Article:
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In vitro bioassays reveal that additives are significant contributors to the toxicity of commercial household pesticides

Overview of attention for article published in Aquatic Toxicology, June 2018
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Title
In vitro bioassays reveal that additives are significant contributors to the toxicity of commercial household pesticides
Published in
Aquatic Toxicology, June 2018
DOI 10.1016/j.aquatox.2018.03.033
Pubmed ID
Authors

Jason P. van de Merwe, Peta A. Neale, Steven D. Melvin, Frederic D.L. Leusch

Abstract

Pesticides commonly used around households can contain additives of unknown concentrations and toxicity. Given the likelihood of these chemicals washing into urban waterways, it is important to understand the effects that these additives may have on aquatic organisms. The aim of this study was to compare the toxicity of commercially available household pesticides to that of the active ingredient(s) alone. The toxicity of five household pesticides (three herbicides and two insecticides) was investigated using a bacterial cytotoxicity bioassay and an algal photosynthesis bioassay. The commercial products were up to an order of magnitude more toxic than the active ingredient(s) alone. In addition, two commercial products with the same listed active ingredients in the same ratio had a 600× difference in potency. These results clearly demonstrate that additives in commercial formulations are significant contributors to the toxicity of household pesticides. The toxicity of pesticides in aquatic systems is therefore likely underestimated by conventional chemical monitoring and risk assessment when only the active ingredients are considered. Regulators and customers should require more clarity from pesticide manufacturers about the nature and concentrations of not only the active ingredients, but also additives used in commercial formulations. In addition, monitoring programmes and chemical risk assessments schemes should develop a structured approach to assessing the toxic effects of commercial formulations, including additives, rather than simply those of the listed active ingredients.

Twitter Demographics

The data shown below were collected from the profile of 1 tweeter who shared this research output. Click here to find out more about how the information was compiled.

Mendeley readers

The data shown below were compiled from readership statistics for 14 Mendeley readers of this research output. Click here to see the associated Mendeley record.

Geographical breakdown

Country Count As %
Unknown 14 100%

Demographic breakdown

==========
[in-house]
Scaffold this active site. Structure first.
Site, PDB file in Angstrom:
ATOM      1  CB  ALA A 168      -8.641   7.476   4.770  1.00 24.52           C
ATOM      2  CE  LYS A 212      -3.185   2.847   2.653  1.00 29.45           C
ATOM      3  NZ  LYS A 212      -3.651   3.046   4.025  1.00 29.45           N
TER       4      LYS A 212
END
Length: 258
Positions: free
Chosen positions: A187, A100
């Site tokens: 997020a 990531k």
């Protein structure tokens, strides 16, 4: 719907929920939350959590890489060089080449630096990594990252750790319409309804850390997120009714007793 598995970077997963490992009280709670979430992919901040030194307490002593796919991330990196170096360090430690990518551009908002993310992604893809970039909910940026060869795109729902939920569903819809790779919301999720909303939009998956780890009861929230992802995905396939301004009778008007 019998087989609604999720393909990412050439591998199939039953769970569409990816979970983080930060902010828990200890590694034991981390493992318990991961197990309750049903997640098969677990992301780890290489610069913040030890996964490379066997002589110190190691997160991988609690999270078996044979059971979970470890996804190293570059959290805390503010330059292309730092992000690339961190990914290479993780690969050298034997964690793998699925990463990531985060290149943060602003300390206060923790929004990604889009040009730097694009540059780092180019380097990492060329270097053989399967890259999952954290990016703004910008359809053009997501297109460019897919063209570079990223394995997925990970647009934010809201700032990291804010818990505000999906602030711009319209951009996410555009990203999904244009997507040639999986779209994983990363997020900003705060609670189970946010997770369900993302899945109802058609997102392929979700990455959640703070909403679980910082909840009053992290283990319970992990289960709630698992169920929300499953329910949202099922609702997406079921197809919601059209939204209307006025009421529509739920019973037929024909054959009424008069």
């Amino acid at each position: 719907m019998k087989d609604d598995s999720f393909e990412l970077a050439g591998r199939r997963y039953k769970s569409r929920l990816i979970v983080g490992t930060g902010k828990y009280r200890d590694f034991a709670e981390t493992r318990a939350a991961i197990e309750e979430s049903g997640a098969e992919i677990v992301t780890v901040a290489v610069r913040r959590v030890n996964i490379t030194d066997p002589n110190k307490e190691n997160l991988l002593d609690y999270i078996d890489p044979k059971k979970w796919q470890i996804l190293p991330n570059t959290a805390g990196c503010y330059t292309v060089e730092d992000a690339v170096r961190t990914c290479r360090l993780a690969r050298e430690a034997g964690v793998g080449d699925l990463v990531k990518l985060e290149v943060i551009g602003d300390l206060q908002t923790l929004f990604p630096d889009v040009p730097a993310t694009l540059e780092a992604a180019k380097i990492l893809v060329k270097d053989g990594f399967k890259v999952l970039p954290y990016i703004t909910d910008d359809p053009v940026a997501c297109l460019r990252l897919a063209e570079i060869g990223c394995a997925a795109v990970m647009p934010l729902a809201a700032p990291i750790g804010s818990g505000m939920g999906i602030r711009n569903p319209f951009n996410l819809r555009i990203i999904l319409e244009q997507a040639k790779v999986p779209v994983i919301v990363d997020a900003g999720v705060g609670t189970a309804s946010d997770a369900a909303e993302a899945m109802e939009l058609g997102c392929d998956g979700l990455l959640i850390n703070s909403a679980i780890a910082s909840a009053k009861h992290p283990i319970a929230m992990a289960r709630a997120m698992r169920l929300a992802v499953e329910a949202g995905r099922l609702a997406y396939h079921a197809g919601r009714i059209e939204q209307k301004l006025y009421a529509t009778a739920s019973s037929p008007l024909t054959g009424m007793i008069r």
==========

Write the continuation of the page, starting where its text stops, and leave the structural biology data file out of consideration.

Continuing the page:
Readers by professional status Count As %
Researcher 5 36%
Lecturer 2 14%
Unspecified 2 14%
Student > Bachelor 1 7%
Student > Ph. D. Student 1 7%
Other 3 21%
Readers by discipline Count As %
Unspecified 6 43%
Environmental Science 3 21%
Engineering 2 14%
Agricultural and Biological Sciences 2 14%
Pharmacology, Toxicology and Pharmaceutical Science 1 7%
Other 0 0%

Attention Score in Context

This research output has an Altmetric Attention Score of 1. This is our high-level measure of the quality and quantity of online attention that it has received. This Attention Score, as well as the ranking and number of research outputs shown below, was calculated when the research output was last mentioned on 03 April 2018.
All research outputs
#10,875,056
of 12,270,712 outputs
Outputs from Aquatic Toxicology
#1,133
of 1,397 outputs
Outputs of similar age
#229,253
of 269,601 outputs
Outputs of similar age from Aquatic Toxicology
#67
of 67 outputs
Altmetric has tracked 12,270,712 research outputs across all sources so far. This one is in the 1st percentile – i.e., 1% of other outputs scored the same or lower than it.
So far Altmetric has tracked 1,397 research outputs from this source. They receive a mean Attention Score of 3.3. This one is in the 1st percentile – i.e., 1% of its peers scored the same or lower than it.
Older research outputs will score higher simply because they've had more time to accumulate mentions. To account for age we can compare this Altmetric Attention Score to the 269,601 tracked outputs that were published within six weeks on either side of this one in any source. This one is in the 1st percentile – i.e., 1% of its contemporaries scored the same or lower than it.
We're also able to compare this research output to 67 others from the same source and published within six weeks on either side of this one. This one is in the 1st percentile – i.e., 1% of its contemporaries scored the same or lower than it.